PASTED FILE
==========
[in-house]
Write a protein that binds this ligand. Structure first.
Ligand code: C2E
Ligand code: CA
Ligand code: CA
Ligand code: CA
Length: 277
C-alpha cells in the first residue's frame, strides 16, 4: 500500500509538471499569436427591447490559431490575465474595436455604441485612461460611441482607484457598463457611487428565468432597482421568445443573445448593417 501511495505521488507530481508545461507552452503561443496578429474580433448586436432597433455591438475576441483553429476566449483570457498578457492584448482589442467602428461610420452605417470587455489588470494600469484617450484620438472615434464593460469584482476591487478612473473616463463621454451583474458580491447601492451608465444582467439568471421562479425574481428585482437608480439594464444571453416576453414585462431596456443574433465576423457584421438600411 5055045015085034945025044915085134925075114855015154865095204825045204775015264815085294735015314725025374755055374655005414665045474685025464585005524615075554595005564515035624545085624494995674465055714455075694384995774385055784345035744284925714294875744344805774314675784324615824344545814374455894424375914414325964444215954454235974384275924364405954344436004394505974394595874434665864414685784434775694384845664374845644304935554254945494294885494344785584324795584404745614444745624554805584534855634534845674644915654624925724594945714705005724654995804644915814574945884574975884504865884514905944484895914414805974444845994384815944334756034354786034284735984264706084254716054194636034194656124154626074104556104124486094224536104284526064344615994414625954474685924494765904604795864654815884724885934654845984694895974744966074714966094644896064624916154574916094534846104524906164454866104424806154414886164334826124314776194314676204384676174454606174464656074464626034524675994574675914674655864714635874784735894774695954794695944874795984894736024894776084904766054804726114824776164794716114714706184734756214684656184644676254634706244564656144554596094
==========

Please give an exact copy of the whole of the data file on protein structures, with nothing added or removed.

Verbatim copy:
[in-house]
Write a protein that binds this ligand. Structure first.
Ligand code: C2E
Ligand code: CA
Ligand code: CA
Ligand code: CA
Length: 277
C-alpha cells in the first residue's frame, strides 16, 4: 500500500509538471499569436427591447490559431490575465474595436455604441485612461460611441482607484457598463457611487428565468432597482421568445443573445448593417 501511495505521488507530481508545461507552452503561443496578429474580433448586436432597433455591438475576441483553429476566449483570457498578457492584448482589442467602428461610420452605417470587455489588470494600469484617450484620438472615434464593460469584482476591487478612473473616463463621454451583474458580491447601492451608465444582467439568471421562479425574481428585482437608480439594464444571453416576453414585462431596456443574433465576423457584421438600411 5055045015085034945025044915085134925075114855015154865095204825045204775015264815085294735015314725025374755055374655005414665045474685025464585005524615075554595005564515035624545085624494995674465055714455075694384995774385055784345035744284925714294875744344805774314675784324615824344545814374455894424375914414325964444215954454235974384275924364405954344436004394505974394595874434665864414685784434775694384845664374845644304935554254945494294885494344785584324795584404745614444745624554805584534855634534845674644915654624925724594945714705005724654995804644915814574945884574975884504865884514905944484895914414805974444845994384815944334756034354786034284735984264706084254716054194636034194656124154626074104556104124486094224536104284526064344615994414625954474685924494765904604795864654815884724885934654845984694895974744966074714966094644896064624916154574916094534846104524906164454866104424806154414886164334826124314776194314676204384676174454606174464656074464626034524675994574675914674655864714635874784735894774695954794695944874795984894736024894776084904766054804726114824776164794716114714706184734756214684656184644676254634706244564656144554596094